new XmlChangedEventHandler(field2_Changed);
      }

      public void field2_Changed(object sender, XmlEventArgs e)
      {
         if (e.NewValue.Equals("true"))
            CurrentView.ExecuteAction(
               ActionType.XOptionalInsert, "group2_2");
         else
         {
            XPathNavigator node = 
               MainDataSource.CreateNavigator().SelectSingleNode(
               "/my:myFields/my:group2", NamespaceManager);
            CurrentView.SelectNodes(node, node, "CTRL4");
            CurrentView.ExecuteAction(
               ActionType.XOptionalRemove, "group2_2");
         }
      }
   }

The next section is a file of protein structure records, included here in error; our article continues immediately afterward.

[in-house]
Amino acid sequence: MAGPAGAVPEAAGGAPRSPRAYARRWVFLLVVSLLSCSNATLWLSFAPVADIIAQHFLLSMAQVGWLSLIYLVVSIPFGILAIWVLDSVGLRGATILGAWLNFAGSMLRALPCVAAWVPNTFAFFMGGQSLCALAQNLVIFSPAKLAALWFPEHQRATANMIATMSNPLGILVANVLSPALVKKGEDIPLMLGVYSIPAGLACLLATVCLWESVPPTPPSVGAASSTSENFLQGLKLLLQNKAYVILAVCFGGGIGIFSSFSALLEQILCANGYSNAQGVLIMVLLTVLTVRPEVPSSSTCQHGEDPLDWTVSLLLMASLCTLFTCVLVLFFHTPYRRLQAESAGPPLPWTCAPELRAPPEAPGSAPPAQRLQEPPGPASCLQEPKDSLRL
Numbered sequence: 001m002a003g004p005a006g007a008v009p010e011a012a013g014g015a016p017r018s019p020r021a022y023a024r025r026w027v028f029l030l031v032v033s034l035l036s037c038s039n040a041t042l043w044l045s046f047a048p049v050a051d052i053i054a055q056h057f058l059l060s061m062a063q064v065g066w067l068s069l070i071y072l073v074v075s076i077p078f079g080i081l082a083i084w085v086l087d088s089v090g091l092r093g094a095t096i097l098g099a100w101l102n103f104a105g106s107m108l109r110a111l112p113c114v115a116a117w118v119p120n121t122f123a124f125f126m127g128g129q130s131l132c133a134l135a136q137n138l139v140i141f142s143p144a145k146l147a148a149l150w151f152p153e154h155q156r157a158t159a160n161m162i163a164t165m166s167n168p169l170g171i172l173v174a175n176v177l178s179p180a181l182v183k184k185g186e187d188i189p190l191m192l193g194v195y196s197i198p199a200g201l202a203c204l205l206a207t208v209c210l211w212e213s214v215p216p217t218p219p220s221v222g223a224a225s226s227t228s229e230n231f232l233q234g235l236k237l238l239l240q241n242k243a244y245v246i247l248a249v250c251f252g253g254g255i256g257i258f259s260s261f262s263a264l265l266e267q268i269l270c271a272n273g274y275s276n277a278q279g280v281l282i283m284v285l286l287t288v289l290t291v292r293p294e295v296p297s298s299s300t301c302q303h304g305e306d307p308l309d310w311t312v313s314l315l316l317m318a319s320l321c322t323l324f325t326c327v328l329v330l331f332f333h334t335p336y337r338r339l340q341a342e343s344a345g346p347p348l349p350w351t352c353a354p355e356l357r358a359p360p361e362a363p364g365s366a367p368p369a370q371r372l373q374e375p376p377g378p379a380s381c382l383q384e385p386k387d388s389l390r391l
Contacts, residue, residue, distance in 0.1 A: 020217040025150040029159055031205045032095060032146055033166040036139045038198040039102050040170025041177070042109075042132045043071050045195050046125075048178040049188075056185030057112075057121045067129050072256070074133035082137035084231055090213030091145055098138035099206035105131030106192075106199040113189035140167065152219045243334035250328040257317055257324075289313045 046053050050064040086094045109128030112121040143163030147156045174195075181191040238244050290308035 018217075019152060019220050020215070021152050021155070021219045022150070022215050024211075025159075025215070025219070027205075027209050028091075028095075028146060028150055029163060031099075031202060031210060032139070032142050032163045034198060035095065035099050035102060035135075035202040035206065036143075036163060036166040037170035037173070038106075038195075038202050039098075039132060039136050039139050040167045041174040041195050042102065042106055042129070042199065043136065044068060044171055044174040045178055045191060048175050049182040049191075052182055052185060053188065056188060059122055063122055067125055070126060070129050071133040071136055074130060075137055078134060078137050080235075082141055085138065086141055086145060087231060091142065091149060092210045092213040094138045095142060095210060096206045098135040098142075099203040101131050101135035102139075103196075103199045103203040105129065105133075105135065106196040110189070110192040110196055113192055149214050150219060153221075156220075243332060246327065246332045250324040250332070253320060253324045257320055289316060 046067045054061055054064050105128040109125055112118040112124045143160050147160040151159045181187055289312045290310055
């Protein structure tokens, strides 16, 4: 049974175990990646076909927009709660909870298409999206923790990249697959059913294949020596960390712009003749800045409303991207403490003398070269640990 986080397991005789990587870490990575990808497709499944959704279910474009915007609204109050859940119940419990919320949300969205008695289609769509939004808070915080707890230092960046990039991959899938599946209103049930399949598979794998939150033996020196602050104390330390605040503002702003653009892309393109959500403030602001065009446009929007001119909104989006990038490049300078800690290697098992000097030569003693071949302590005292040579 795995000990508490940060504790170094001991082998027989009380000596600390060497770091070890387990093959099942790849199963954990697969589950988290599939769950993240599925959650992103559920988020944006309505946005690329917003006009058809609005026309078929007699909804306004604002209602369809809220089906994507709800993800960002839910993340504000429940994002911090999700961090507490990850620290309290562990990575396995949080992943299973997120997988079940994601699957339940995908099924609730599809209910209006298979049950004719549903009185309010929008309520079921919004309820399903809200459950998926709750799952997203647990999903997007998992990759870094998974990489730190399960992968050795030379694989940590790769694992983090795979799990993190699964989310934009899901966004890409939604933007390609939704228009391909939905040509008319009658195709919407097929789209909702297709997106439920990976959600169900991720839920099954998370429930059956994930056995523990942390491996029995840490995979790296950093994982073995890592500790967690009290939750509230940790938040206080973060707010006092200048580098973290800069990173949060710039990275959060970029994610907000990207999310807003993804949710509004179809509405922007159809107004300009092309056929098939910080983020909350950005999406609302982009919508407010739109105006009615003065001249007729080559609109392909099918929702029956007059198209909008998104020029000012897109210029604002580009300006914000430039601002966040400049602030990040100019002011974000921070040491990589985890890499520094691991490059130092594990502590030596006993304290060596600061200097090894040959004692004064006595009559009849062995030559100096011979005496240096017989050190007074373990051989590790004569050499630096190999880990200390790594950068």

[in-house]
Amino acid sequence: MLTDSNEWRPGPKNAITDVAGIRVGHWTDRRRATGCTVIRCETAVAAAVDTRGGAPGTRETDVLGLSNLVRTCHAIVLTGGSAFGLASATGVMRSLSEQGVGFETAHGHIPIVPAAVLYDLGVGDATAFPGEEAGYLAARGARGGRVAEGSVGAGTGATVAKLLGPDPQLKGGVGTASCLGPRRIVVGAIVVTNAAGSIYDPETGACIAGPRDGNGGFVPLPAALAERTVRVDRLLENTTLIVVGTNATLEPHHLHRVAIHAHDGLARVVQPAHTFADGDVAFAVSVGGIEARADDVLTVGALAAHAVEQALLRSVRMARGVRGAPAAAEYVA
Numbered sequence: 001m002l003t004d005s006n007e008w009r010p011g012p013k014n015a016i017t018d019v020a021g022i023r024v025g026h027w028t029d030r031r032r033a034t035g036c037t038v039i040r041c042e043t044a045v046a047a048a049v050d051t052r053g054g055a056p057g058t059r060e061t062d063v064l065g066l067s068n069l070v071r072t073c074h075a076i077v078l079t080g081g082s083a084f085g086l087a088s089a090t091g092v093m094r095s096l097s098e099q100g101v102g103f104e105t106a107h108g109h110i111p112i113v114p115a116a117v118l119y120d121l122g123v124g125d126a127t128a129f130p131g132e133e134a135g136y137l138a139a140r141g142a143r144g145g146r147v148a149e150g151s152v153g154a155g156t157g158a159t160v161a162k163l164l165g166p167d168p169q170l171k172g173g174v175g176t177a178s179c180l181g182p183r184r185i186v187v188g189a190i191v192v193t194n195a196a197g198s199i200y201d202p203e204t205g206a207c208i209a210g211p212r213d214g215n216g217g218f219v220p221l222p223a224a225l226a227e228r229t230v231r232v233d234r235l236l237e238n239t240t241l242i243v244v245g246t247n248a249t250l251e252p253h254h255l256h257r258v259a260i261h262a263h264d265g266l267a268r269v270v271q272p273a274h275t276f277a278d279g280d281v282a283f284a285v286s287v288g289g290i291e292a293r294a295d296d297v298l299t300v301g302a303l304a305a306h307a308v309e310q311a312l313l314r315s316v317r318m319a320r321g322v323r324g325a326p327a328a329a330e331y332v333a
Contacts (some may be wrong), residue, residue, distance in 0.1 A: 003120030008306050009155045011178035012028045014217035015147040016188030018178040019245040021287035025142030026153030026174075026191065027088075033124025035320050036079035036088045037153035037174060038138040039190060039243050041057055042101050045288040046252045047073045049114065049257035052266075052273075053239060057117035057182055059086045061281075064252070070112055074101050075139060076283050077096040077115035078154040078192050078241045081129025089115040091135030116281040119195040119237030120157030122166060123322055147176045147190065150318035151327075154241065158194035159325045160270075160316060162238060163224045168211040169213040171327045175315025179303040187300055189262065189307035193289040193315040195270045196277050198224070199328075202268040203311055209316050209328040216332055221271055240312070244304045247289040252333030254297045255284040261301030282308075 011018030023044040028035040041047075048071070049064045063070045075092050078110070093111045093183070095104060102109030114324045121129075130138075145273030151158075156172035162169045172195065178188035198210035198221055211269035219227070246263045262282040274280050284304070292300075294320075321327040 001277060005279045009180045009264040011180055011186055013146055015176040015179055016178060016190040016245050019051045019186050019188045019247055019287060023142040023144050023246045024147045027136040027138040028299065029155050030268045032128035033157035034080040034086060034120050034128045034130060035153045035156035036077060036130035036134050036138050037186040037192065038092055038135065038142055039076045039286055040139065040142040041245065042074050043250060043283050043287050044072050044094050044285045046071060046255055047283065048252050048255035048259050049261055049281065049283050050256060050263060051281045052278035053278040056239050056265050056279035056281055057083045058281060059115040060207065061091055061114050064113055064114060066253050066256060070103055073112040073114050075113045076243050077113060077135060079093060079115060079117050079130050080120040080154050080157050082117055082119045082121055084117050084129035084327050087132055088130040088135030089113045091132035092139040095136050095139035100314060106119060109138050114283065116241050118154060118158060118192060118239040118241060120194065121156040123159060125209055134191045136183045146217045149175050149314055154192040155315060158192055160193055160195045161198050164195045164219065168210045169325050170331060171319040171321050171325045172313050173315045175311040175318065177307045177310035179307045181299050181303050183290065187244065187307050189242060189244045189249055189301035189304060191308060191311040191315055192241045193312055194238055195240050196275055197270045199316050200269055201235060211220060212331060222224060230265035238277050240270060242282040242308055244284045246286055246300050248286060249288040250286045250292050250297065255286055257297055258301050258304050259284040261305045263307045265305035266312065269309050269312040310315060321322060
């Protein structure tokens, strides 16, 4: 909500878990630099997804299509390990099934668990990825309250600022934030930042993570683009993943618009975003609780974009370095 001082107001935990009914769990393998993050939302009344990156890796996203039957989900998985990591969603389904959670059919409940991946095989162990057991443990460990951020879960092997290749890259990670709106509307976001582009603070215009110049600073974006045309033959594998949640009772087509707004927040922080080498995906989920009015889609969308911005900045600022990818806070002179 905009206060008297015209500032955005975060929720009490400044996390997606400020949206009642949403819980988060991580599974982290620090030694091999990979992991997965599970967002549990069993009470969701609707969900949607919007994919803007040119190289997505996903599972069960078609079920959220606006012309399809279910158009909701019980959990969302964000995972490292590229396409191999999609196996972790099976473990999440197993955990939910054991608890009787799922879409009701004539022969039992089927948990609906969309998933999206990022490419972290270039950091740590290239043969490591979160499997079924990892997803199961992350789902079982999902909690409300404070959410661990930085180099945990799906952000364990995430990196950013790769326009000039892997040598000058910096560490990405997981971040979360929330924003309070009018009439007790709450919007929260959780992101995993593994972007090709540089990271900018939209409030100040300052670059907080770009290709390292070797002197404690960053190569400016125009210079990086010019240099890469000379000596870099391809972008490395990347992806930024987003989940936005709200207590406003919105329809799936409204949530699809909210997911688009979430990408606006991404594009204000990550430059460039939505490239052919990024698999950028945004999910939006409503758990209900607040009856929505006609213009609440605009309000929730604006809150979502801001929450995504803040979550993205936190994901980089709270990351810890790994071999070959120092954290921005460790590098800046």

}

To preview this form

  1. In VSTA, on the Build menu, click Build OM Lab - ExecuteAction.

    In the status bar, you will see an indication that the build has successfully completed.

  2. Change focus back to the InfoPath designer.

  3. Click Preview, and you will see the screen shown in Figure 7.

    Figure 7. Previewing the new check box

    Select the Check Box on the Form

    Select the check box, and the new section will be inserted. Clear the check box and the section will be removed.

    Figure 8. Selecting the check box

    The Design a Form Template dialog box

After completing this lab, you should have a basic understanding of how to work with the InfoPath 2007 object model and VSTA. In Lab 9: Designing InfoPath 2007 Forms for Mobile Web Browsers, you can find out how to create a form template that can be filled out using a Web browser on a mobile device.

For more information about developing with InfoPath, see the following resources: